As the dry summer weather sets in, people tend to adjust by overwatering, a tendency that harms both their lawns and the environment. Such a steep increase in water use can put a strain on water supply. The average use of water in American households nearly doubles throughout the summer months, and it is almost entirely due to the increase in outdoor lawn and garden watering. However, there are effective conservation methods that can keep landscapes healthy, along with reducing water usage.
With simple, sustainable conservation gardening, customers can significantly reduce outdoor water usage. This type of garden requires much less water than a traditional one to stay healthy and beautiful.
Select native and drought-tolerant plants and use water-wise gardening techniques to:
- Reduce your outdoor water use
- Create a colorful, natural garden
- Spend less time on garden maintenance
Visit your local garden center to find native and drought-tolerant plants for your area. Visit the EPA Water Sense website: https://www3.epa.gov/watersense/outdoor/what_to_plant.html for more tips on water-efficient landscaping.
Outdoor sprinklers can account for 40 percent of household water use during the summer.
Smart controllers automatically adjust irrigation run times in response to weather conditions. They use sensors and weather information to manage watering times and frequency. As environmental conditions vary, the smart controller increases or decreases irrigation. Replacing a standard clock timer with a WaterSense® labeled irrigation controller can save an average home nearly 8,800 gallons of water annually.
Water-efficient irrigation sprinklers deliver water more evenly to the landscape than traditional sprinklers and regulate pressure to help ensure a constant flow rate. These sprinklers have earned the WaterSense label, are best used with WaterSense labeled controllers and help provide more water-efficient irrigation equipment options to consumers and irrigation professionals.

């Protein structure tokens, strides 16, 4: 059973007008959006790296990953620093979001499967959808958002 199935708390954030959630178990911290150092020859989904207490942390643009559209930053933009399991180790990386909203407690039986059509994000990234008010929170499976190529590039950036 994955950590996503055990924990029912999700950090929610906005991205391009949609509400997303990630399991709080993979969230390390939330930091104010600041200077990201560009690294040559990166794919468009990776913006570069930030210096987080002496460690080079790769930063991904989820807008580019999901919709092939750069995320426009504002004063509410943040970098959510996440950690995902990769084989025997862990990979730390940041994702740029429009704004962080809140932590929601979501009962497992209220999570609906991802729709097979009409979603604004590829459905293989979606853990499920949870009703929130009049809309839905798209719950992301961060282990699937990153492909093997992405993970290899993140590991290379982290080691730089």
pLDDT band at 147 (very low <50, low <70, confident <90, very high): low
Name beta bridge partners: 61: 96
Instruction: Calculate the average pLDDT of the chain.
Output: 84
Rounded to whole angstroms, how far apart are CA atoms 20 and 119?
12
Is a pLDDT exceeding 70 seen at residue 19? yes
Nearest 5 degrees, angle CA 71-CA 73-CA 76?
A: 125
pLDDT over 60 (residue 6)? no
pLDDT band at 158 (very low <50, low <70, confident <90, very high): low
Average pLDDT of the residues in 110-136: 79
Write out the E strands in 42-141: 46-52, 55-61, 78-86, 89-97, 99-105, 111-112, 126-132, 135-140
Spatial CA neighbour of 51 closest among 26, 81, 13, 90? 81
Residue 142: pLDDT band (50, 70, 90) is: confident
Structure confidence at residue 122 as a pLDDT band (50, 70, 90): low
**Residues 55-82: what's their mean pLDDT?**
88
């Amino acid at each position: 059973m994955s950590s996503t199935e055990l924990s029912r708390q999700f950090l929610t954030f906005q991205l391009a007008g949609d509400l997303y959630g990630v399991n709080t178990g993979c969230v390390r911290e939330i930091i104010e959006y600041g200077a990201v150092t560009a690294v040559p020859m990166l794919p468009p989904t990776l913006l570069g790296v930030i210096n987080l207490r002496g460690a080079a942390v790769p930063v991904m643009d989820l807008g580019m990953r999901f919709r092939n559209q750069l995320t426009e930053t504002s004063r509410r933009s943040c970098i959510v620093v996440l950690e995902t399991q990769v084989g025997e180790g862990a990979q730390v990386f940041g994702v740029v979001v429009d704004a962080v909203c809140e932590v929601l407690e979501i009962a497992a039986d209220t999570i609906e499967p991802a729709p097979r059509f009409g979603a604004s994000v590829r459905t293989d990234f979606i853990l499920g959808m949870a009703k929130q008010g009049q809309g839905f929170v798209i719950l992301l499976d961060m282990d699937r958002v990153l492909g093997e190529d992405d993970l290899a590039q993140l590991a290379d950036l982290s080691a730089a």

Rotating Sprinkler Nozzles
The latest innovation in sprinkler technology, these nozzles turn a standard pop-up spray head into a precision device that saves water. These nozzles apply water more slowly and uniformly than conventional sprays, and heads are more resistant to wind, less likely to mist and significantly reduce run-off onto streets and sidewalks. In many cases, you can update your existing sprinkler heads with new rotary nozzles without having to replace the entire sprinkler body. On average, replacing one conventional fan spray nozzle with a rotating nozzle could save up to 1,300 gallons per year.
Drip irrigation, or trickle irrigation, is an irrigation method that saves water and reduces fertilizer by allowing water to drip slowly to the roots of plants, either onto the soil surface or directly onto the root zone.
Why Use a Drip Irrigation System?
- Minimal evaporation and overspray as well as lower water use than a traditional underground sprinkler system
- Direct connection to the hose spigot without the need to cut into the home water line
- Supply lines that can lie on the ground or under a layer of mulch, eliminating the trenches that underground systems require
- Flexibility as your plants grow and spread
- Customization for containers, raised beds, vegetable rows or shrubbery
- Exact delivery, preventing distribution of water where it’s not needed or where it can encourage weed growth
- Prevention of an overly moist environment that promotes fungal diseases
- Gentle, precise watering that minimizes runoff and erosion
- Drip irrigations systems use 20 to 50 percent less water than conventional pop-up sprinkler systems and can save up to 30,000 gallons per year
Learn more at www.EPA.gov/watersense.